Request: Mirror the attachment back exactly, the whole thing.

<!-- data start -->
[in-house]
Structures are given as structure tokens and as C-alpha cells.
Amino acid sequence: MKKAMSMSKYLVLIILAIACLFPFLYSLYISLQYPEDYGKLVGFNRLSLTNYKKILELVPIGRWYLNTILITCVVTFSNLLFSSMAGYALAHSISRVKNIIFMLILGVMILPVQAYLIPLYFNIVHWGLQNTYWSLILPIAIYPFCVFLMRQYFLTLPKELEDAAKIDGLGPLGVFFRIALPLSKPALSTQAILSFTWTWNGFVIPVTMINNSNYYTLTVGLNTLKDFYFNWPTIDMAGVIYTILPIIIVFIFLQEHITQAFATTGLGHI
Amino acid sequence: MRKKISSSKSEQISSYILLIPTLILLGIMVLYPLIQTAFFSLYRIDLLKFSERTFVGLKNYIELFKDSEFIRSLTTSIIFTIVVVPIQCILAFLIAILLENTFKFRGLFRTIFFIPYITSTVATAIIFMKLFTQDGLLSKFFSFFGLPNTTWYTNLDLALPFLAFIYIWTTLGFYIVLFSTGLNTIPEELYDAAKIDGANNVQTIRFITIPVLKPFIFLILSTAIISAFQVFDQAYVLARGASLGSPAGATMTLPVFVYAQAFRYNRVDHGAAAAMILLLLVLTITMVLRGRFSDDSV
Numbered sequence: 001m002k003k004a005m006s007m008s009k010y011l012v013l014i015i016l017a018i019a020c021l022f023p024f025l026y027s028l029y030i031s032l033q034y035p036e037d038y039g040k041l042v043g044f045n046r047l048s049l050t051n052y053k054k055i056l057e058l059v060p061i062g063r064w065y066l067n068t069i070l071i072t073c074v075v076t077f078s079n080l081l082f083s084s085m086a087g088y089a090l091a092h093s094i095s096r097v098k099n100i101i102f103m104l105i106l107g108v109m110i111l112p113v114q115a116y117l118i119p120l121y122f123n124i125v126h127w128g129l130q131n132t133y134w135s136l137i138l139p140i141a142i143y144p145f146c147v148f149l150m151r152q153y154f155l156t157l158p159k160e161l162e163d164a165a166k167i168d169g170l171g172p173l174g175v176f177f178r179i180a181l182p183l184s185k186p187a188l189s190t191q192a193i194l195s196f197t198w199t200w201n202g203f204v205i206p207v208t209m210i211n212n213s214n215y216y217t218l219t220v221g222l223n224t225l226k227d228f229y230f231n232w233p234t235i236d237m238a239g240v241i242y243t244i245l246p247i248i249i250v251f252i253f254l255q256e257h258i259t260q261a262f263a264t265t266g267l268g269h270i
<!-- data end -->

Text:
[in-house]
Structures are given as structure tokens and as C-alpha cells.
Amino acid sequence: MKKAMSMSKYLVLIILAIACLFPFLYSLYISLQYPEDYGKLVGFNRLSLTNYKKILELVPIGRWYLNTILITCVVTFSNLLFSSMAGYALAHSISRVKNIIFMLILGVMILPVQAYLIPLYFNIVHWGLQNTYWSLILPIAIYPFCVFLMRQYFLTLPKELEDAAKIDGLGPLGVFFRIALPLSKPALSTQAILSFTWTWNGFVIPVTMINNSNYYTLTVGLNTLKDFYFNWPTIDMAGVIYTILPIIIVFIFLQEHITQAFATTGLGHI
Amino acid sequence: MRKKISSSKSEQISSYILLIPTLILLGIMVLYPLIQTAFFSLYRIDLLKFSERTFVGLKNYIELFKDSEFIRSLTTSIIFTIVVVPIQCILAFLIAILLENTFKFRGLFRTIFFIPYITSTVATAIIFMKLFTQDGLLSKFFSFFGLPNTTWYTNLDLALPFLAFIYIWTTLGFYIVLFSTGLNTIPEELYDAAKIDGANNVQTIRFITIPVLKPFIFLILSTAIISAFQVFDQAYVLARGASLGSPAGATMTLPVFVYAQAFRYNRVDHGAAAAMILLLLVLTITMVLRGRFSDDSV
Numbered sequence: 001m002k003k004a005m006s007m008s009k010y011l012v013l014i015i016l017a018i019a020c021l022f023p024f025l026y027s028l029y030i031s032l033q034y035p036e037d038y039g040k041l042v043g044f045n046r047l048s049l050t051n052y053k054k055i056l057e058l059v060p061i062g063r064w065y066l067n068t069i070l071i072t073c074v075v076t077f078s079n080l081l082f083s084s085m086a087g088y089a090l091a092h093s094i095s096r097v098k099n100i101i102f103m104l105i106l107g108v109m110i111l112p113v114q115a116y117l118i119p120l121y122f123n124i125v126h127w128g129l130q131n132t133y134w135s136l137i138l139p140i141a142i143y144p145f146c147v148f149l150m151r152q153y154f155l156t157l158p159k160e161l162e163d164a165a166k167i168d169g170l171g172p173l174g175v176f177f178r179i180a181l182p183l184s185k186p187a188l189s190t191q192a193i194l195s196f197t198w199t200w201n202g203f204v205i206p207v208t209m210i211n212n213s214n215y216y217t218l219t220v221g222l223n224t225l226k227d228f229y230f231n232w233p234t235i236d237m238a239g240v241i242y243t244i245l246p247i248i249i250v251f252i253f254l255q256e257h258i259t260q261a262f263a264t265t266g267l268g269h270i